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What is the relationship between Energy, Entropy, and Information?

I read this - What Is Energy? Where did it come from? - and the top answer says that 'energy' is an abstract number that is a property of nature that just so happens to be conserved because 'operations' on nature are symmetric in time (time-translational symmetry).

The other conservation law (I've heard) for an abstract number that is a property of nature is Information - as in 'Black holes must behave this way because otherwise they would violate conservation of information'. But I don't know why it's conserved.

The third abstract number that is a property of nature, but that does NOT obey conservation along the direction of time - 'Entropy'. Why isn't this conserved if the other two are?

How are these three related? Again I can't follow complex math, but these must be fundamentally related to each right?

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2 Answers 2

Entropy is a measure of the order/disorder during the transformation of the state of a system and is defined as the total variation of energy at defined temperature. From statistical mechanics point of view this variation of energy are generated from statistical transitions of the internal states of the system. In this sense the entropy can measure how is easy to reach a defined state of the system. Now imagine a text stream that arrive to you character by character in a screen. If the text is meaningless every character has the same probability to appears to you and then the entropy is maximal because this disorder is maximal. If you want transfer an information you have to spent a little of energy in ordering the characters because this do not happens spontaneously. The final state of the system is more ordered in respect the early one so the entropy is less of the entropy of random text. This means that if you want reduce entropy in order transfer information you must spent energy.

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that doesn't explain why entropy must increase with time –  James Kujareevanich Jul 5 '12 at 11:19
    
Entropy measure the total variation of energy. If the system is going on a more foundamental state loose a part of energy and entropy increase, on contrary entropy is diminished. –  Emanuele Luzio Jul 5 '12 at 13:02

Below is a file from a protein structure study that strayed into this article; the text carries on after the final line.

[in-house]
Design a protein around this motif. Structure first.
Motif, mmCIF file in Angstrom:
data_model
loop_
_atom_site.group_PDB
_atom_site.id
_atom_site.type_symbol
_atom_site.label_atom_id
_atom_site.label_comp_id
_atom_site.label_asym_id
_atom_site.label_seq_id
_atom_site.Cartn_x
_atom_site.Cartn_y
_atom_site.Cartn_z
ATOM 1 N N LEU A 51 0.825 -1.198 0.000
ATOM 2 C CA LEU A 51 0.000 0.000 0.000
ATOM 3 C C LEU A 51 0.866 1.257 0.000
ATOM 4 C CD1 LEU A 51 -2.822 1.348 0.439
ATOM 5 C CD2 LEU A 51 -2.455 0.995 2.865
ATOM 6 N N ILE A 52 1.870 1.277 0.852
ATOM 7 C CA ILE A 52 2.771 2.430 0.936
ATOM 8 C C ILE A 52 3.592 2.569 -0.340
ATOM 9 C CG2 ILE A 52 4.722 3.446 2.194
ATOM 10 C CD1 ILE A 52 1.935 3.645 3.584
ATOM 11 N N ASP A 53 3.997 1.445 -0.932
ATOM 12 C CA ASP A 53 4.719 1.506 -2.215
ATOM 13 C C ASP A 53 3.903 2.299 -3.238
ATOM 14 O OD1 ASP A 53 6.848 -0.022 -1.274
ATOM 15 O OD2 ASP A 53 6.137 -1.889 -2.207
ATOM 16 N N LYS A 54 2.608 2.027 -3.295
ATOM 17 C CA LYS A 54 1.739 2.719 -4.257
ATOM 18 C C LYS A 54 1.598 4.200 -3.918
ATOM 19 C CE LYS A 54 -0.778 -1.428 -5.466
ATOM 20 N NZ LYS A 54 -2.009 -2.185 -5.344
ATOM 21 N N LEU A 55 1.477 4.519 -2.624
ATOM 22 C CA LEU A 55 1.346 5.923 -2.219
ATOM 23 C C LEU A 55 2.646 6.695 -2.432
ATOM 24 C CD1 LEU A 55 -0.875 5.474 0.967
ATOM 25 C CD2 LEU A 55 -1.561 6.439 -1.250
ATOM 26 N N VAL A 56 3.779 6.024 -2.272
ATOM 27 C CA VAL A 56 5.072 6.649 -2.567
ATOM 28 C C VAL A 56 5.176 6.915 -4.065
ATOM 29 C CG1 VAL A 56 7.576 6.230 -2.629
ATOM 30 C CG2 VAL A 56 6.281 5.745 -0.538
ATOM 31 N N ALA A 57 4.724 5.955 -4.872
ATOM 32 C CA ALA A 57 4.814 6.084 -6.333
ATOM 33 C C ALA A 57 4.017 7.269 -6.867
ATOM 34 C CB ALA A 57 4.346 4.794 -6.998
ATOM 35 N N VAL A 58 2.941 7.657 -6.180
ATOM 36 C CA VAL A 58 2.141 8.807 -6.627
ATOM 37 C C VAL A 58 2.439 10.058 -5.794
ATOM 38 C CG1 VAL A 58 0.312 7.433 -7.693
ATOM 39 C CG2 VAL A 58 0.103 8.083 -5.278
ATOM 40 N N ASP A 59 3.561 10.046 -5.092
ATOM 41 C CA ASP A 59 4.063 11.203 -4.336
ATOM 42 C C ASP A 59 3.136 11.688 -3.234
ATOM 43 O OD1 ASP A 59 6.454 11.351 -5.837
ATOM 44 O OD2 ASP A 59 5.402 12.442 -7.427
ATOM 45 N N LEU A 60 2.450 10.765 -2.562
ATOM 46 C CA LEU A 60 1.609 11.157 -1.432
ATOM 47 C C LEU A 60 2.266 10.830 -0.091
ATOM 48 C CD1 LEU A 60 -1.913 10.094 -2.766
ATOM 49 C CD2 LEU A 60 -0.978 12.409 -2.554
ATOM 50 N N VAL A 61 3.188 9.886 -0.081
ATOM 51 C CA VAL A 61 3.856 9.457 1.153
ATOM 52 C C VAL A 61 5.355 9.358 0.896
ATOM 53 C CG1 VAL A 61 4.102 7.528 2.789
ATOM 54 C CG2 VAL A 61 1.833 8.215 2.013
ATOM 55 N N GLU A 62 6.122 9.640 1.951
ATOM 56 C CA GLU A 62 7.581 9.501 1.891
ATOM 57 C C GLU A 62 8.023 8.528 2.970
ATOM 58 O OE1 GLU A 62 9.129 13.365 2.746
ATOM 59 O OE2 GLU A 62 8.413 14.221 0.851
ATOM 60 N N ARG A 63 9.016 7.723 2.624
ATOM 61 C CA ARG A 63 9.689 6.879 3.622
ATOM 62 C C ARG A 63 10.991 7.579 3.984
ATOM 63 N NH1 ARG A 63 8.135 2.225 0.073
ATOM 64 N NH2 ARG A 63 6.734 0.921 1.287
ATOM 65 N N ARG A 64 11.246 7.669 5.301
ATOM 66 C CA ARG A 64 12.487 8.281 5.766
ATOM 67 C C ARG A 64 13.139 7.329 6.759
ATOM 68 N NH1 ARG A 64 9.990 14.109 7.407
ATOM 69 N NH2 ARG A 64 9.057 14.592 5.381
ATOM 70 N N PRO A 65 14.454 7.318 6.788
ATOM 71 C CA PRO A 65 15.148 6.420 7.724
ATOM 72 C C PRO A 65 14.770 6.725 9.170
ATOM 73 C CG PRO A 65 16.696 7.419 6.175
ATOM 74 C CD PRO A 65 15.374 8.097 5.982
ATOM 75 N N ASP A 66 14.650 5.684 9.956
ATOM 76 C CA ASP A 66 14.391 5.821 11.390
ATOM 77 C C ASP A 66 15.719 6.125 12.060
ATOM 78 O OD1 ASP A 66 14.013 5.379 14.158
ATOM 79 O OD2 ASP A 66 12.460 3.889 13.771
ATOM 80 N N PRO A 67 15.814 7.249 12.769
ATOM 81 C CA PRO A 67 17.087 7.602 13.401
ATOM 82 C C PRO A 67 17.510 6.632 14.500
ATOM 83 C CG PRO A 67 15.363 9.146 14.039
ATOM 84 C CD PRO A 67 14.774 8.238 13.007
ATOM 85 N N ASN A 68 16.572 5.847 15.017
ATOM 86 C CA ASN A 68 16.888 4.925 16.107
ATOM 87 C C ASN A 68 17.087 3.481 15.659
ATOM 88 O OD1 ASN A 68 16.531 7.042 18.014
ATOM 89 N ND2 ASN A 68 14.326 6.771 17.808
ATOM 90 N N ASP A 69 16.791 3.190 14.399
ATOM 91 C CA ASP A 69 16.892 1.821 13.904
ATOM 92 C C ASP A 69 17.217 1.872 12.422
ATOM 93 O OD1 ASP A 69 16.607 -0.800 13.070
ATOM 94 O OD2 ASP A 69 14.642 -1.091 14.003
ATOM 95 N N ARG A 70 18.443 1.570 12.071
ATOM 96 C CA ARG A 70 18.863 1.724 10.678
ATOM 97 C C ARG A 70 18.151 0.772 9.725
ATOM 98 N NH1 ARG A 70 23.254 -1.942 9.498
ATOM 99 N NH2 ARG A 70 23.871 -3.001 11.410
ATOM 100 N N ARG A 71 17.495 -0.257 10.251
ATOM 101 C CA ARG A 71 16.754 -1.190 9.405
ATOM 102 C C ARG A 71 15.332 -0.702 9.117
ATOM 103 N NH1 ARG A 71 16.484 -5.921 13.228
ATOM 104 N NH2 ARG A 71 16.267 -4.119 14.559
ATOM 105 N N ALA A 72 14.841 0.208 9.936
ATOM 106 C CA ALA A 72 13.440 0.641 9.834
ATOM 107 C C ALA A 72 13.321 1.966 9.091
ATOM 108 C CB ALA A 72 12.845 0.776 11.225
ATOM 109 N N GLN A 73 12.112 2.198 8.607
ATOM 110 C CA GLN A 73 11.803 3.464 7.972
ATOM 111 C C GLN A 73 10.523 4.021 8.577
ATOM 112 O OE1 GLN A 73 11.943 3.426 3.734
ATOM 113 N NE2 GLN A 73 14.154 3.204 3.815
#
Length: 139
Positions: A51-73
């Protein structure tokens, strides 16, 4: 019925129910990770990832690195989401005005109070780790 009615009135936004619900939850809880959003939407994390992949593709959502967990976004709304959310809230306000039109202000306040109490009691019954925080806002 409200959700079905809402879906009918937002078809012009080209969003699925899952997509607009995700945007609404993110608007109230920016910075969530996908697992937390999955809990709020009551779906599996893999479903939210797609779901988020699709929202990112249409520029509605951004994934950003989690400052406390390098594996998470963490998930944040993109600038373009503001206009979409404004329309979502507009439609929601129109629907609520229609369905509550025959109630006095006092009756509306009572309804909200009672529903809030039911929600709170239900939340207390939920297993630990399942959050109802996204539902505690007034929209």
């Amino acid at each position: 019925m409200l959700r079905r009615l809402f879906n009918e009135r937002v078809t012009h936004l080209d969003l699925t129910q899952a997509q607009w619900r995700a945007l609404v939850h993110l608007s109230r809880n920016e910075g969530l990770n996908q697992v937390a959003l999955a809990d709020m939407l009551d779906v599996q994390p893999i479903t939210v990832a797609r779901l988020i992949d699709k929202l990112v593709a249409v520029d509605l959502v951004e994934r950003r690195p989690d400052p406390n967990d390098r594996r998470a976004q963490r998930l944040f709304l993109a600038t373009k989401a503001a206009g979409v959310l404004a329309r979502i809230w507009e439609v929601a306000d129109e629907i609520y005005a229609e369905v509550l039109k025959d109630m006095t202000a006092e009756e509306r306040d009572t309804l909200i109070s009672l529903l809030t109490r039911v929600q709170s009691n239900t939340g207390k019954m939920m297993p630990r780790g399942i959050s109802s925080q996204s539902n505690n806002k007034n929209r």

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Entropy is not the total variation of energy at a defined temperature. The change in entropy is the heat flow divided by the temperature. If you squeeze a gas slowly, you increase the energy without increasing the entropy. –  Ron Maimon Jul 5 '12 at 15:46

I am going to address the question as to why energy and information have time symmetric conservation properties whereas entropy does not.

According to the Wikipedia entry on entropy - "The entropy of an isolated system never decreases, because isolated systems spontaneously evolve towards thermodynamic equilibrium, which is the state of maximum entropy."

Therefore, entropy will only increase with time in an isolated system if it has not reached thermodynamic equilibrium. The universe is an isolated system that had a very low entropy state in the past, i.e. at or shortly after the big bang. Therefore it is in the process of approaching thermodynamic equilibrium. Therefore it is a circumstance of the state of our universe that causes entropy to increase with time, at this time. It is not a law.

Conservation of energy and information are laws. Increasing entropy is a circumstance. That is why they are different.

I hope this helps. It’s hard to find straight answers to this question, which suggests that we really don’t know the answer yet.

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